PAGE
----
Local doctor knows first-hand importance of good nurses

It seemed only natural for long-time Putnam County physician Dr. James T. DeBerry and his wife, Felix, to make a donation to a Tennessee Tech University campaign to raise $21 million for a new School of Nursing building.

After all, they’ve made various contributions to the university over the years, both as a couple and as individuals — and he knows from first-hand professional experience how important good nurses are to the medical industry.

“It’s surprising just how little a doctor can do without the help of good nurses. You can’t perform work that’s necessary for the wellbeing of your patients nearly as efficiently without them — and TTU graduates good nurses,” he said.

His wife agreed, saying, “We think TTU offers an education that ranks among the best, and it would be marvelous for the university to have a new nursing building.”

It would be the first specifically built to accommodate the 25-year-old academic program, and the project is especially important now, in light of a projected national nursing shortage that could result in a million job vacancies by 2010 and which is already forcing medical facilities in some regions to seek nurses educated in other countries.

Among the new building’s architectural features will be state-of-the-art classrooms, clinical labs and faculty facilities, a 300-seat auditorium and other conference and meeting rooms, an updated Student Health Services facility and a $4 million Rural Health Center of Excellence to serve the special needs of the Upper Cumberland.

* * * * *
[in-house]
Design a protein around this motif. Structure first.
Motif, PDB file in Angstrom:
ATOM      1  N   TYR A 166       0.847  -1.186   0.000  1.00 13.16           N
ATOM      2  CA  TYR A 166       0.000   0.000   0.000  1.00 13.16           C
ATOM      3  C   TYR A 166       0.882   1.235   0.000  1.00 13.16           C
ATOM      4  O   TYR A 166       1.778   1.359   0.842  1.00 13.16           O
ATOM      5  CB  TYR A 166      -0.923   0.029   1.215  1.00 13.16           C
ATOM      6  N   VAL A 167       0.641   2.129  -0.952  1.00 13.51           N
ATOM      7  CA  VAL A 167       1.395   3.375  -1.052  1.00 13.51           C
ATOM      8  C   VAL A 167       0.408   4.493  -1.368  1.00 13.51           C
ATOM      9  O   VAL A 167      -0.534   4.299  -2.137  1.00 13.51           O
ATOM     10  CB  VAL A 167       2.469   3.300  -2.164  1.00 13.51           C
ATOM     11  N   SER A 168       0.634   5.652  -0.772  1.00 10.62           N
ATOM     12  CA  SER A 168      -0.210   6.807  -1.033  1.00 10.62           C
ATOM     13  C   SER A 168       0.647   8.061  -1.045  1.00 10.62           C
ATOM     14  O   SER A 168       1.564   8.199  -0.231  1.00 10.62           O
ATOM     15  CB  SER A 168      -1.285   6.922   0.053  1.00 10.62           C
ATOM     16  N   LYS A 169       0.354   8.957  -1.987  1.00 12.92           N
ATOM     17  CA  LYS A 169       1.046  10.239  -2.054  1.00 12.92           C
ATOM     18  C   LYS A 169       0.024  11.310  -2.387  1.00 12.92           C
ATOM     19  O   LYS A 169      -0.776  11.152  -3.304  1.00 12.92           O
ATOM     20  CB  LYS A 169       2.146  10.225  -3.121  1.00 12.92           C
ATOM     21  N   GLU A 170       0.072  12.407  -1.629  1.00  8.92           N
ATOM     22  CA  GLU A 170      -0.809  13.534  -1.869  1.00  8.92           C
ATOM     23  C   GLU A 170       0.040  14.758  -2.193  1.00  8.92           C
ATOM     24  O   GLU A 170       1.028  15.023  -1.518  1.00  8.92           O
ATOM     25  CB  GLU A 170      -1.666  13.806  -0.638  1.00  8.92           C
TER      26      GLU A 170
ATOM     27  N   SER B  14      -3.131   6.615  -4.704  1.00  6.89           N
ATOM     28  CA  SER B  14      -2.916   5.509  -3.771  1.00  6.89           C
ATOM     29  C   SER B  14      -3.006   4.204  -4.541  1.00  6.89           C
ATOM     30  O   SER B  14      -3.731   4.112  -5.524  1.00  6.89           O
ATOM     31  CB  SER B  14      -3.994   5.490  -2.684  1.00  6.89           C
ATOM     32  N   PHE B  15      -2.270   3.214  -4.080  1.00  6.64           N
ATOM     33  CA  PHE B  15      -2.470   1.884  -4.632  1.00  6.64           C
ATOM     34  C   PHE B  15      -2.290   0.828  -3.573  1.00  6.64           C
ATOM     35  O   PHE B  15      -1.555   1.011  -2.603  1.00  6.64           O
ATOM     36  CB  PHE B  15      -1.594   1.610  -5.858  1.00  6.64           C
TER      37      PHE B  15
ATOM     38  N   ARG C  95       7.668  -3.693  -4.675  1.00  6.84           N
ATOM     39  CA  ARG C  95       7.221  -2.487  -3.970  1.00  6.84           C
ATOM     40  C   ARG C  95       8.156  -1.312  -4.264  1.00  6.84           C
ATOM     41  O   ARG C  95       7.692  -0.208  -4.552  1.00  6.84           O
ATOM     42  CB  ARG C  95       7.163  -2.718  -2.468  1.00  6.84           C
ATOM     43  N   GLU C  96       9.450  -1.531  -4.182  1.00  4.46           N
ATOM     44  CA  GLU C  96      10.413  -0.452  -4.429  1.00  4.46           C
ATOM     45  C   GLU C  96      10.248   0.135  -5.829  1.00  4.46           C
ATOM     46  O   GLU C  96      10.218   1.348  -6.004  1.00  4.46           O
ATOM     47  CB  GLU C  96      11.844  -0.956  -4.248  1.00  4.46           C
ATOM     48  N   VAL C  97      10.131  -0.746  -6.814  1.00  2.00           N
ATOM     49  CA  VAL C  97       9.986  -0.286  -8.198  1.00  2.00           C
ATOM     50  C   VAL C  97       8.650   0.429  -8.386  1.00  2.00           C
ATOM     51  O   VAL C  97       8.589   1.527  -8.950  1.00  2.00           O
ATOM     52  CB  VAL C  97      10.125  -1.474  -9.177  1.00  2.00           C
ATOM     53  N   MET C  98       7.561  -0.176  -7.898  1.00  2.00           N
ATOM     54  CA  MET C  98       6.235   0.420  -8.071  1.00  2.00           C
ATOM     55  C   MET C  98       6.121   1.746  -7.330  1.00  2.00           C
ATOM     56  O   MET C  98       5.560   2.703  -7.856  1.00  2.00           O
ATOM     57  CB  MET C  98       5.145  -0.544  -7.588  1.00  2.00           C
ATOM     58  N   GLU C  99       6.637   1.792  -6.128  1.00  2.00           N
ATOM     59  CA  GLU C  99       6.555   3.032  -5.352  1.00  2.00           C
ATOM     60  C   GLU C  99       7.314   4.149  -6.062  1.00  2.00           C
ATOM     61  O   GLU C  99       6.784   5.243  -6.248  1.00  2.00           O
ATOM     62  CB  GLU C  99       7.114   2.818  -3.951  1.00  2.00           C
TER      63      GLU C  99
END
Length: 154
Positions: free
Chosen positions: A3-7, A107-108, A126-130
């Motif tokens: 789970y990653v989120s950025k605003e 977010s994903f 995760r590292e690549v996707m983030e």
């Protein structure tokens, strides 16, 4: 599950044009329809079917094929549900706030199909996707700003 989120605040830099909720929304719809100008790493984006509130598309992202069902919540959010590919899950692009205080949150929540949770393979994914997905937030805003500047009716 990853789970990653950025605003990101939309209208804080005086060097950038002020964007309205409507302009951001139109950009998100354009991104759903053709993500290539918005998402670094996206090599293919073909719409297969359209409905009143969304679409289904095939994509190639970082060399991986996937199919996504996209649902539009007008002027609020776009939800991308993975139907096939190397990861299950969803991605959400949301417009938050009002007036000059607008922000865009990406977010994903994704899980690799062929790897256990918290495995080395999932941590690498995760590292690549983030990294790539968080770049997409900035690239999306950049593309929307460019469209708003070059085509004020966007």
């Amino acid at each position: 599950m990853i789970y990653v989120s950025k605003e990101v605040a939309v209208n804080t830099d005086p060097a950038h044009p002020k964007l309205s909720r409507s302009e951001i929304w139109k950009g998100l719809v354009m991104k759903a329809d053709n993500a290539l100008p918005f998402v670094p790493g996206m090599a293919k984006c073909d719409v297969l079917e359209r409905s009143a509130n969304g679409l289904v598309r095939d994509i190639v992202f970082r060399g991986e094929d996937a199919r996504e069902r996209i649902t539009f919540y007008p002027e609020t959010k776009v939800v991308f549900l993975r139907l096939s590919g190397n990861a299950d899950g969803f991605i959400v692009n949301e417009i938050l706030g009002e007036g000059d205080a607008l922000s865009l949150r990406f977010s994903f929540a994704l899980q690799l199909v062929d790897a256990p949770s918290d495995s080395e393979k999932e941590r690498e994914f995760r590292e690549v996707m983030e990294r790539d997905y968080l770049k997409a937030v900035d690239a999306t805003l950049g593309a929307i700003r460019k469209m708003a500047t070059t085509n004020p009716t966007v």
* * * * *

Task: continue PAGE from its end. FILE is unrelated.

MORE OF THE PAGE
The future construction of the facility won’t be the first time the DeBerrys have witnessed the university making innovations in response to national nursing needs. In fact, Dr. DeBerry was a member of Cookeville Regional Medical Center’s board of trustees when the academic program began — but that’s not all.

A TTU graduate himself, he became the university’s first student to earn a bachelor’s degree in pre-medicine in 1940. He graduated from medical school in Memphis in 1944 and served as a U.S. Army doctor for two years before returning to Putnam County, where he practiced as a family physician for 40 years. He now works as a psychiatric counselor at Plateau Mental Health Center.

His wife is also a TTU graduate, as are five of their 11 children.

“We are grateful to all the opportunities TTU has provided to our family, so we naturally want to support it to the best of our ability,” Mrs. DeBerry said.

For more information about the nursing campaign, call University Development at 931/372-3055 or check out the “Giving to TTU” link on the university homepage at www.tntech.edu.

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